Spatial resolution—the ability to resolve two closely spaced objects—is a distance measurement associated with the smallest detectable object. The resolution required depends on the task of the imaging system. For example, if a system is needed to locate a part to within one inch, the system resolution needs to be less than one inch.
To capture an image requires both optics and an image sensor mounted in a camera. Except for the scaling or magnification factor, in an ideal optical system, the image should be as close to a faithful reproduction of the 2-D projection of the object. Consequently, attention must be paid to any distortion that could be introduced by the optics. Not only are the properties of the lens important but also those of the image sensor (number and size of pixels and dynamic range) and the mounting of the image sensor in the camera. Any mis-registration, tilt, or skew will affect performance. Both sensor properties and incorrect mounting can impact system performance.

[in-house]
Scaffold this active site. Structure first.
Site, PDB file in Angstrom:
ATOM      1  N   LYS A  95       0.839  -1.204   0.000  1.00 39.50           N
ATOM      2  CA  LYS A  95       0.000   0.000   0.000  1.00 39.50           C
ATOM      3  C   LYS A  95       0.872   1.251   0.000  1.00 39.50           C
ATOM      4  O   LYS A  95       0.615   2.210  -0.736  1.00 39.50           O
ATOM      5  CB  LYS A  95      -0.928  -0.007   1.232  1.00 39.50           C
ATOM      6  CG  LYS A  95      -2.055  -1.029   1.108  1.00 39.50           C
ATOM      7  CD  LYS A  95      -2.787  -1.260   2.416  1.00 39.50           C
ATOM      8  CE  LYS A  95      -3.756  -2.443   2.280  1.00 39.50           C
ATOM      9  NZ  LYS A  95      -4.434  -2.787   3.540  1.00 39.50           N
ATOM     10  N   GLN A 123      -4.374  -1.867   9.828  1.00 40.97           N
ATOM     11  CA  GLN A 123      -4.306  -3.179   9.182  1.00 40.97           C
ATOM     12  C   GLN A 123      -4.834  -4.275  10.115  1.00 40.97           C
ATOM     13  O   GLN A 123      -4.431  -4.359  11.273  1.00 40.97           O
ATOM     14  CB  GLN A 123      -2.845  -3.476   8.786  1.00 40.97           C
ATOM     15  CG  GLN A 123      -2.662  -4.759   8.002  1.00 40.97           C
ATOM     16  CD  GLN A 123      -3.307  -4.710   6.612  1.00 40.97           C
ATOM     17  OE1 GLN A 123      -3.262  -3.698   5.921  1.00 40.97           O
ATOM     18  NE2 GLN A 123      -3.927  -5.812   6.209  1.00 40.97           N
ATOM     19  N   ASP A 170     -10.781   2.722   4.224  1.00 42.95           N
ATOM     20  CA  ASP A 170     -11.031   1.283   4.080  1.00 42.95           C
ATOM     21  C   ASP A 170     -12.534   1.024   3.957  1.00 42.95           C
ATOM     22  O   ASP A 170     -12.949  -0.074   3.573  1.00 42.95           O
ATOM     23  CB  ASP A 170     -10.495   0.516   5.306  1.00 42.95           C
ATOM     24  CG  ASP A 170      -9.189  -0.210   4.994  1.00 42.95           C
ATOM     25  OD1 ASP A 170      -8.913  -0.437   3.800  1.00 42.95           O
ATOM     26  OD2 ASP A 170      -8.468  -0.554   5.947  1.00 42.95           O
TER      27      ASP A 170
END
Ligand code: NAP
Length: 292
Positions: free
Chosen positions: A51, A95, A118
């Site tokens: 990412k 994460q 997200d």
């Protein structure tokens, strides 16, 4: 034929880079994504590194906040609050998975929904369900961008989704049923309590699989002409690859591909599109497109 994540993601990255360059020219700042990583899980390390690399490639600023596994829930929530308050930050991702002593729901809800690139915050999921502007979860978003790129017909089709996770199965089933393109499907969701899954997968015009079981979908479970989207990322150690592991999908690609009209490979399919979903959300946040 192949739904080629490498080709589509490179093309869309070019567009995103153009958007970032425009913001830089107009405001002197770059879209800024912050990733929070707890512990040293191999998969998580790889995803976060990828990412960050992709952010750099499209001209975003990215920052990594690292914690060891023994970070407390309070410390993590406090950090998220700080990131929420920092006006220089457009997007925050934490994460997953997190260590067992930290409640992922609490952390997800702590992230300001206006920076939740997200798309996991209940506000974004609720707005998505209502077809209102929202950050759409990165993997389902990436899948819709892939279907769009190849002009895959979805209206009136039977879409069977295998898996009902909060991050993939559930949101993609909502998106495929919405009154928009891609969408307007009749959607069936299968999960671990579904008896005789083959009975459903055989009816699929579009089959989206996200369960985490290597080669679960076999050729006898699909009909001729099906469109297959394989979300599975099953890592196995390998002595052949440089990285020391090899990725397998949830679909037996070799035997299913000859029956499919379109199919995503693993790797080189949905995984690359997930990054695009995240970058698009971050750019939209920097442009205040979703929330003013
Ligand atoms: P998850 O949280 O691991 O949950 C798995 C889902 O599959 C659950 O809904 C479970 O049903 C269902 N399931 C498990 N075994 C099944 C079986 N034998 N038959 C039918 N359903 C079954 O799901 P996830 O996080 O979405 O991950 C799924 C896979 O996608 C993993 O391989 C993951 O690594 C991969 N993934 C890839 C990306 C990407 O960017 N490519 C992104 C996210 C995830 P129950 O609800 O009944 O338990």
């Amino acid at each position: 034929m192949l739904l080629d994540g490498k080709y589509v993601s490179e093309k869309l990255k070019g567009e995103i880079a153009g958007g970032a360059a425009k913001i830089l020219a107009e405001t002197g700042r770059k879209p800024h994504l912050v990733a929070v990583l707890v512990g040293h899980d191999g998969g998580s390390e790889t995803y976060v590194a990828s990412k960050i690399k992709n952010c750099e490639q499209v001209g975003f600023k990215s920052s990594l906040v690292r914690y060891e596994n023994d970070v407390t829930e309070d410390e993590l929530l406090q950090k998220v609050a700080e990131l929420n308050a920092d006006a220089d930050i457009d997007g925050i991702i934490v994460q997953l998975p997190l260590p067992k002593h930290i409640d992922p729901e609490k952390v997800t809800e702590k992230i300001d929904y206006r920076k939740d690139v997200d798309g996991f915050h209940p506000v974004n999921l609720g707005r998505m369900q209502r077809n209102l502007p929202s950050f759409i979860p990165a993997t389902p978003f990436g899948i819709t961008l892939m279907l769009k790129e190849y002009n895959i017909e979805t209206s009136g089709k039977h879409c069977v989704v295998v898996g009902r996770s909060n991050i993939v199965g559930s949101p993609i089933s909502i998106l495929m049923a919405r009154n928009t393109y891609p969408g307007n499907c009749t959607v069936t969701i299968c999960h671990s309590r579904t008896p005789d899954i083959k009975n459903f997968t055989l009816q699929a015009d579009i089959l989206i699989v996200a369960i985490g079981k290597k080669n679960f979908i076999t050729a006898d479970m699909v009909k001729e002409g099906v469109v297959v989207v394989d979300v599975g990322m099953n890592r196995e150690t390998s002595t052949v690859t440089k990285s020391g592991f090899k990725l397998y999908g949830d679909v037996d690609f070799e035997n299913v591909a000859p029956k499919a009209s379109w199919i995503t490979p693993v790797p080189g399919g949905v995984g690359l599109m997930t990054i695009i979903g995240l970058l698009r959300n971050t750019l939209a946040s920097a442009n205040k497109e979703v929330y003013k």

Two of the most critical parameters of an imaging system are MTF and distortion. MTF can be described as the spatial frequency response, which combines the effects of sensor resolution, focus accuracy, lens quality, and contrast. Geometric distortions reduce the geometric fidelity of the image and result in the magnification varying with distance from the optical axis of the lens.
Two common types of distortion are pin-cushion and barrel distortion. These distortions are observed as changes in magnification along the lens axes. With pin-cushion distortion, magnification increases as the distance from the center increases. Barrel distortion has the effect of decreasing magnification away from the image center. Lens distortion is especially relevant in machine-vision systems used in gauging applications. Another critical parameter in an imaging system is DOF, the portion of a scene that appears sharp in the image.